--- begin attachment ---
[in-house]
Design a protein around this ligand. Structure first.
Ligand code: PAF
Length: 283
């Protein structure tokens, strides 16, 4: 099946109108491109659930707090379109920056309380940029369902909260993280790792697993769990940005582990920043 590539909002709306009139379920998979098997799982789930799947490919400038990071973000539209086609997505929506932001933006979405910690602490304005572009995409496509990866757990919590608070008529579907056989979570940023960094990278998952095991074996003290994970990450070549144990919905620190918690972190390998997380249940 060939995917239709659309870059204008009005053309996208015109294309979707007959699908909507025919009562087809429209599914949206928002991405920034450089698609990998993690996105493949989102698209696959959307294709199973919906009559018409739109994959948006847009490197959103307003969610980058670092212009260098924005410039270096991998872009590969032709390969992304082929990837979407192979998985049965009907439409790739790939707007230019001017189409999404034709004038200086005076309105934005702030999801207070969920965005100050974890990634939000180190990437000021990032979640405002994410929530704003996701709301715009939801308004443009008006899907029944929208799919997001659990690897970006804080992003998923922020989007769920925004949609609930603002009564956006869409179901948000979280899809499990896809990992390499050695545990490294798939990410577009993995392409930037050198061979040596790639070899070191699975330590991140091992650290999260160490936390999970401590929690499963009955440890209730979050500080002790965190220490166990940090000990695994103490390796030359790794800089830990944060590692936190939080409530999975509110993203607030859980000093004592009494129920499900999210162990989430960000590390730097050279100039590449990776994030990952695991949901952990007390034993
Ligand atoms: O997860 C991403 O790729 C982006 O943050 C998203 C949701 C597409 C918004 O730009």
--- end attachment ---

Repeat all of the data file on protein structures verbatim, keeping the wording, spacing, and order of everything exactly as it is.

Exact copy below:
[in-house]
Design a protein around this ligand. Structure first.
Ligand code: PAF
Length: 283
């Protein structure tokens, strides 16, 4: 099946109108491109659930707090379109920056309380940029369902909260993280790792697993769990940005582990920043 590539909002709306009139379920998979098997799982789930799947490919400038990071973000539209086609997505929506932001933006979405910690602490304005572009995409496509990866757990919590608070008529579907056989979570940023960094990278998952095991074996003290994970990450070549144990919905620190918690972190390998997380249940 060939995917239709659309870059204008009005053309996208015109294309979707007959699908909507025919009562087809429209599914949206928002991405920034450089698609990998993690996105493949989102698209696959959307294709199973919906009559018409739109994959948006847009490197959103307003969610980058670092212009260098924005410039270096991998872009590969032709390969992304082929990837979407192979998985049965009907439409790739790939707007230019001017189409999404034709004038200086005076309105934005702030999801207070969920965005100050974890990634939000180190990437000021990032979640405002994410929530704003996701709301715009939801308004443009008006899907029944929208799919997001659990690897970006804080992003998923922020989007769920925004949609609930603002009564956006869409179901948000979280899809499990896809990992390499050695545990490294798939990410577009993995392409930037050198061979040596790639070899070191699975330590991140091992650290999260160490936390999970401590929690499963009955440890209730979050500080002790965190220490166990940090000990695994103490390796030359790794800089830990944060590692936190939080409530999975509110993203607030859980000093004592009494129920499900999210162990989430960000590390730097050279100039590449990776994030990952695991949901952990007390034993
Ligand atoms: O997860 C991403 O790729 C982006 O943050 C998203 C949701 C597409 C918004 O730009």